The way I see it, society doesn’t owe me anything. Sure, it would be nice if everyone always treated me the way they’d want to be treated and rewarded me on the level I think I deserve.

But for the world to owe me anything, it would in essence mean that if I don’t get what it owes me, then I am a victim; that I am wronged and in need of restitution by those who apparently wronged me.

I just can’t live that way. That mindset seems way too toxic. I choose to live with an abundance consciousness instead of a scarcity mindset.


It’s sad to say, but I am convinced there will be no social security left for me once I retire. I don’t even expect the government to owe me anything, despite the taxes they take from my income.

That’s why I am so motivated to pay off our new house as soon as possible. It seems like the only way to get ahead these days, after paying off all other debts as Mommy and I did in July 2013.

So just as the world doesn’t owe me anything, it doesn’t owe you anything either.

You’ve got me and Mommy to provide for you, teach you, steer you in the right directions, and serve as your ultimate support team.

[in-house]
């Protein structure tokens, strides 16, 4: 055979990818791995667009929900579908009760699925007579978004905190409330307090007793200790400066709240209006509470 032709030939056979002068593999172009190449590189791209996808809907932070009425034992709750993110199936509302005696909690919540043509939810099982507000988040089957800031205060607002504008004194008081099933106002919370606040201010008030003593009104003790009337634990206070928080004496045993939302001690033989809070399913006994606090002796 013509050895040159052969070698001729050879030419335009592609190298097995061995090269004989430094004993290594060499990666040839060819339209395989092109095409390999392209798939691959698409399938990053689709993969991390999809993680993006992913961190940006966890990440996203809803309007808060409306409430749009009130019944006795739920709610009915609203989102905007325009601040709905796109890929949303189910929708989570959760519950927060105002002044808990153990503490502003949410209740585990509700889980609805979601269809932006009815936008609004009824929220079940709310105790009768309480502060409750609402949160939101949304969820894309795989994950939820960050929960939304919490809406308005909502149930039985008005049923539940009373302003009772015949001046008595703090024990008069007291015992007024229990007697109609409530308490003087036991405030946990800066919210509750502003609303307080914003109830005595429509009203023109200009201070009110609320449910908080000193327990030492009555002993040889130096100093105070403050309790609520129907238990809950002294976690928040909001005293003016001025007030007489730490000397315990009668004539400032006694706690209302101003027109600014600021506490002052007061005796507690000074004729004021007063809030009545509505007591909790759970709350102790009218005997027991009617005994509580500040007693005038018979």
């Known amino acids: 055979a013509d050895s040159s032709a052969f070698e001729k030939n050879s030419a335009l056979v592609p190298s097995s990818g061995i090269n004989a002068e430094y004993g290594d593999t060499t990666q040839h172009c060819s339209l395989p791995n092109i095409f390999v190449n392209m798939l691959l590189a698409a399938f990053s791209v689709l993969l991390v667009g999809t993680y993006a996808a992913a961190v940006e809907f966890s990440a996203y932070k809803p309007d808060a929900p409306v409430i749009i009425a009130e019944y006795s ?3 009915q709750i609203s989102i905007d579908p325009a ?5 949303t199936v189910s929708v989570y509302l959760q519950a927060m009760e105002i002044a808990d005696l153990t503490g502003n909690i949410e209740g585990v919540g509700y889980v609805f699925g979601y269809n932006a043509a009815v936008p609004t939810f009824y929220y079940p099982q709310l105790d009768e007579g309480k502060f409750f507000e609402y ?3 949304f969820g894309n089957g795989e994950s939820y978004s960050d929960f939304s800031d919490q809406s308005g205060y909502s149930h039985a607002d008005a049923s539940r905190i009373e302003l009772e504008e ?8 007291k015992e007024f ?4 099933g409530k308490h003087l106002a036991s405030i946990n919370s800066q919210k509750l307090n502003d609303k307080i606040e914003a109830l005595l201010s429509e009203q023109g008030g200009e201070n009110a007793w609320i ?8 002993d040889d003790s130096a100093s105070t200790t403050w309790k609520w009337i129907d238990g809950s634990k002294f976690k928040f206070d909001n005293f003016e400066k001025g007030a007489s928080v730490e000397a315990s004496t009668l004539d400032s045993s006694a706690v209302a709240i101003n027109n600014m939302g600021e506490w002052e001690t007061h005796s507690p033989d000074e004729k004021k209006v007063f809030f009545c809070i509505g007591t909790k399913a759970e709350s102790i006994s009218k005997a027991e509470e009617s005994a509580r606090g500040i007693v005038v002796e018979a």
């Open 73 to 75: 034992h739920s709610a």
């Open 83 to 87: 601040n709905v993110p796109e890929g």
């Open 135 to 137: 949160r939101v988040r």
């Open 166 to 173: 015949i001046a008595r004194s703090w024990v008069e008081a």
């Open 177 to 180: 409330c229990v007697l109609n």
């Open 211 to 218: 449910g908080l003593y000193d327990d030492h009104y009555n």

God has a special plan for you, yet I believe it’s based on you doing your part, and I take responsibility to guide you in learning what that is so that you can become the person God needs you to be as those opportunities arriving throughout life.

I can tell you this: It definitely is based on a lot of hard work, patience, and self-discipline.



Dear Jack: New Infographic- Success is Not Just Hard Work — Your Social Opportunities Could Shape Your Future

3 years, 8 months.

Nashville family

Dear Jack,

There is (and should be) a certain amount of undeniable pressure as your parent to ensure you have great opportunities throughout your life; if not better than what I’ve had.